dystopia: (n) an imaginary place or condition in which everything is bad.
This definition from the Oxford English Dictionary would seem fitting in relation to the situations and societies often depicted in dystopian literature. When we think about the dystopian novel, what first comes to mind is often George Orwell's Nineteen-Eighty-Four. First published in 1949, it was Orwell's final work. In it he prophesied the advent of a flawless totalitarian society, in which the individual is of literally no significance. However, as it happened, the year 1984 came and went and we did not find ourselves slaves to the Party, although publishers made a killing with endless commemorative reprints. Nevertheless, Nineteen-Eighty-Four remains one of Orwell's most popular works, and we are all familiar with others such as Aldous Huxley's Brave New World and Anthony Burgess' A Clockwork Orange.
Why Do We Read these Depressing Books?
The critic Bernard Richards once said 'dystopias are useful; they warn us about what might happen'. This seems fair enough; you can finish a copy of Margaret Atwood's The Handmaid's Tale and breathe a sigh of relief, safe in the knowledge that you don't live in the repressive state of Gilead in which the sole functions of women are as sex-objects and baby-machines. Even if you happen to be a man.
If we take this view, the dystopian novel is a comforter to the human psyche; we like to read about death and corruption, as long as we know that it can't happen to us. Or do we? What marks out The Handmaid's Tale from other dystopias is the fact that it focuses on a dystopian society in its formation; Atwood's heroine, Offred, has lived through the transition from democracy to totalitarianism, and is herself exploited by the system. Yet, for all its flaws, she finds herself drawn into the corruption of Gilead. Could we all awaken one morning to find our bank accounts mysteriously cancelled? Maybe, and perhaps it is this that compels us to read dystopias; they provide a spark of danger in our otherwise mundane lives.
So What Actually Happens?
There have been many dystopian novels written over the years, but for all this variety there are essentially only two main plots:
Nasty Things Happen but Everything Turns out Right.
This plot is followed in LP Hartley's 1960 novel Facial Justice, in which the heroine, Jael 97, beats the Establishment at its own game and everyone lives happily ever after. This was not one of Hartley's most celebrated works.
Nasty Things Happen but Despite Everyone's Best Efforts the Establishment Wins.
An example of this scenario can be seen in Aldous Huxley's Brave New World of 1932, in which babies are created in bottles, meaningful relationships are obsolete and in the end John... no, best not give that away. Suffice to say that the novel's conclusion is suitably depressing, and that Brave New World is one of Huxley's most celebrated works. It should perhaps be noted that most authors of dystopian novels choose this option; or at least these are the ones that are still in print.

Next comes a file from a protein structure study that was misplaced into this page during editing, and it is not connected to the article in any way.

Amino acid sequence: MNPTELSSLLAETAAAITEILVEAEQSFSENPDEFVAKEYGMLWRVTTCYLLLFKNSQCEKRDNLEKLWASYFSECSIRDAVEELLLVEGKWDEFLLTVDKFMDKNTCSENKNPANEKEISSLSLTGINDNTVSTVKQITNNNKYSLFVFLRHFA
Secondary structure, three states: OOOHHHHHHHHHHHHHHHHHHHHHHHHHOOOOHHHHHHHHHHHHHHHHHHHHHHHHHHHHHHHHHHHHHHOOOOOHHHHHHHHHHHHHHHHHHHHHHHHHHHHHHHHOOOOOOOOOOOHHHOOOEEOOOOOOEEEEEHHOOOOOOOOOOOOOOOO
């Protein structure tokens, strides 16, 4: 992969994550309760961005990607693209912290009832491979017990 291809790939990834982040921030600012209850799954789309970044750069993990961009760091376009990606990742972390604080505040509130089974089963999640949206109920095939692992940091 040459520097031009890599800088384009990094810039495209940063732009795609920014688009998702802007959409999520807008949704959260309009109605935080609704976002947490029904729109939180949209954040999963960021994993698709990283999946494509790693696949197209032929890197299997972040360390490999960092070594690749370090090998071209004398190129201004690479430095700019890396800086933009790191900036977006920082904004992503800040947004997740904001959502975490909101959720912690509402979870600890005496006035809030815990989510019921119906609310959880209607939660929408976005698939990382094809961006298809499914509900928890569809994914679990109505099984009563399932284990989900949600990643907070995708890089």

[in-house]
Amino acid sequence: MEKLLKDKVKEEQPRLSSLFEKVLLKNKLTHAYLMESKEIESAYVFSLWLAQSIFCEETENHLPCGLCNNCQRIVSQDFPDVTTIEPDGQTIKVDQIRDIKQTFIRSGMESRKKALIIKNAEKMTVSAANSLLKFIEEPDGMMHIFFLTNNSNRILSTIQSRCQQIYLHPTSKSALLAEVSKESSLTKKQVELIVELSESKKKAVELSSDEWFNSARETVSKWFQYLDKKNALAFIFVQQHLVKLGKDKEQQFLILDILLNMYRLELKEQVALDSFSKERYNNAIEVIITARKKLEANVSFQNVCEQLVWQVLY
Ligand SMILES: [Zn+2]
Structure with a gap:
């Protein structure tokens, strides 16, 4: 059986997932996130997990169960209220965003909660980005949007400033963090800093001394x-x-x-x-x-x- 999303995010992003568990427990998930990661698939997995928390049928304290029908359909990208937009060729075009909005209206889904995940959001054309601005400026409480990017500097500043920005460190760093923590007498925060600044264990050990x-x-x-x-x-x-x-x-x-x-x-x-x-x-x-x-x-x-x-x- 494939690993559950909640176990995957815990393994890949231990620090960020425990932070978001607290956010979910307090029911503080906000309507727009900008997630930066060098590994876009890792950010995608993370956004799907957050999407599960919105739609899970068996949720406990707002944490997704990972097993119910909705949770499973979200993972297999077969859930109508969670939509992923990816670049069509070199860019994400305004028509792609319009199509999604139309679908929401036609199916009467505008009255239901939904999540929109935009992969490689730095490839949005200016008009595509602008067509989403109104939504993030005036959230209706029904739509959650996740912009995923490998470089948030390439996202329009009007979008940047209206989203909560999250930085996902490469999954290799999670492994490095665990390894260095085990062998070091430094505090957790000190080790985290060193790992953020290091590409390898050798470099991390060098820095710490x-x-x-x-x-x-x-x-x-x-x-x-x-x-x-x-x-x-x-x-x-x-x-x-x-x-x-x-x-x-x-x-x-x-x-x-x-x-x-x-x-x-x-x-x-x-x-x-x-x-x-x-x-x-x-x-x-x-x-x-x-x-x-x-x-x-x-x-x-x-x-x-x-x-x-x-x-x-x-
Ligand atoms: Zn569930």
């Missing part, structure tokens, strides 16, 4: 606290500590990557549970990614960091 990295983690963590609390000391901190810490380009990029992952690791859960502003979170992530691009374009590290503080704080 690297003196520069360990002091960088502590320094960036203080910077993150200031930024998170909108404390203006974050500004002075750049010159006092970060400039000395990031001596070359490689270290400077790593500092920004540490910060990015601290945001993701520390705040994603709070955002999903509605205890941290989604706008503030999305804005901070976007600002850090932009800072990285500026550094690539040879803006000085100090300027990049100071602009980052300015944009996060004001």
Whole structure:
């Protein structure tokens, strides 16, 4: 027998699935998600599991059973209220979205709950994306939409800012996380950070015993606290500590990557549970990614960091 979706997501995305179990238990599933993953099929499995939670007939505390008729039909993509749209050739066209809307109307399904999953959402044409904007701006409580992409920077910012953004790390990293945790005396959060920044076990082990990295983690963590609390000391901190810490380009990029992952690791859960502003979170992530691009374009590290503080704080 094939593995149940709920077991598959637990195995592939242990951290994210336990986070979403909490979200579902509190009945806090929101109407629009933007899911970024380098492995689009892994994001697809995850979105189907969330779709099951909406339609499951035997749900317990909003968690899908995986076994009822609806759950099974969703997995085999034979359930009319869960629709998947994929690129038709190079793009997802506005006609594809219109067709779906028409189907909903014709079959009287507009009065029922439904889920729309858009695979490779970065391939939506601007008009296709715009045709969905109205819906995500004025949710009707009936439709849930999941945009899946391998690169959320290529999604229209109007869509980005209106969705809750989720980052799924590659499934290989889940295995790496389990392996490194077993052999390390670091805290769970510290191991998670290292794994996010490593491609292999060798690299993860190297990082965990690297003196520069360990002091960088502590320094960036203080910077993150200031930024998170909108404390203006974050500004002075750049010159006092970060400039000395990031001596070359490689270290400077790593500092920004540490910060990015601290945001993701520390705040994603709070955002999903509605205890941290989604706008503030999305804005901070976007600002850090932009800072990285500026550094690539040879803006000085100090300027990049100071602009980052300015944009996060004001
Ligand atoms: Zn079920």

Common Concepts in the Dystopian Novel
As with plot, almost all dystopias deal with the same fundamental concepts. Of these, the most common include:
- The Status of the Individual
- The Nature of Power
The Status of the Individual
In a word - low. In every dystopian novel, the individual is of little, if any consequence, the desire being for uniformity within society. In Facial Justice, this is emphasised to the extent that women are obliged to sport artificially identical faces, while in A Clockwork Orange, Burgess' protagonist Alex is exploited by all quarters as a cipher for their respective causes. In Kurt Vonnegut, Jr's short story, Harrison Bergeron, all the characters are artificially 'handicapped' to ensure uniformity in both appearance and ability. This is one of the most important concepts in dystopian literature, and a most unsettling one at that.
The Nature of Power
There is some variation here. The seat of power in a dystopian society can rest with an individual corrupt dictator or a corrupt governmental entity, but the effect is much the same; the individual is crushed and freedom curtailed. Nineteen-Eighty-Four is a prime example of this; the Party, with its figurehead in 'Big Brother', controls every aspect of its members' lives. Perhaps the most frightening thing about the nature of power in Orwell's society is its irrefutability. The Ministry of Truth can literally erase an individual from existence, while the Ministry of Love and its Thought Police can break one's soul. As we close on the broken Winston, utterly devoted to Big Brother, we see that there is no hope for the individual, as the Party is so infinitely secure.
Poor, artificial, stilted; these are all words that could apply to communication in a dystopian novel. In Nineteen-Eighty-Four, this is taken to the extreme of the Party's creation of Newspeak, as one character puts it...
... the only language in the world whose vocabulary gets smaller every year.
Communication is just another method of control in the dystopian society. In this case, the use of this entirely artificial, contracted language means that the meaning of any given word is irrefutable, giving the desired inflection of the Party as well as eradicating any possibly subversive connotations, thus limiting individual thought. And so we come full circle and arrive back at the suppression of the individual, the primary principle in dystopian literature.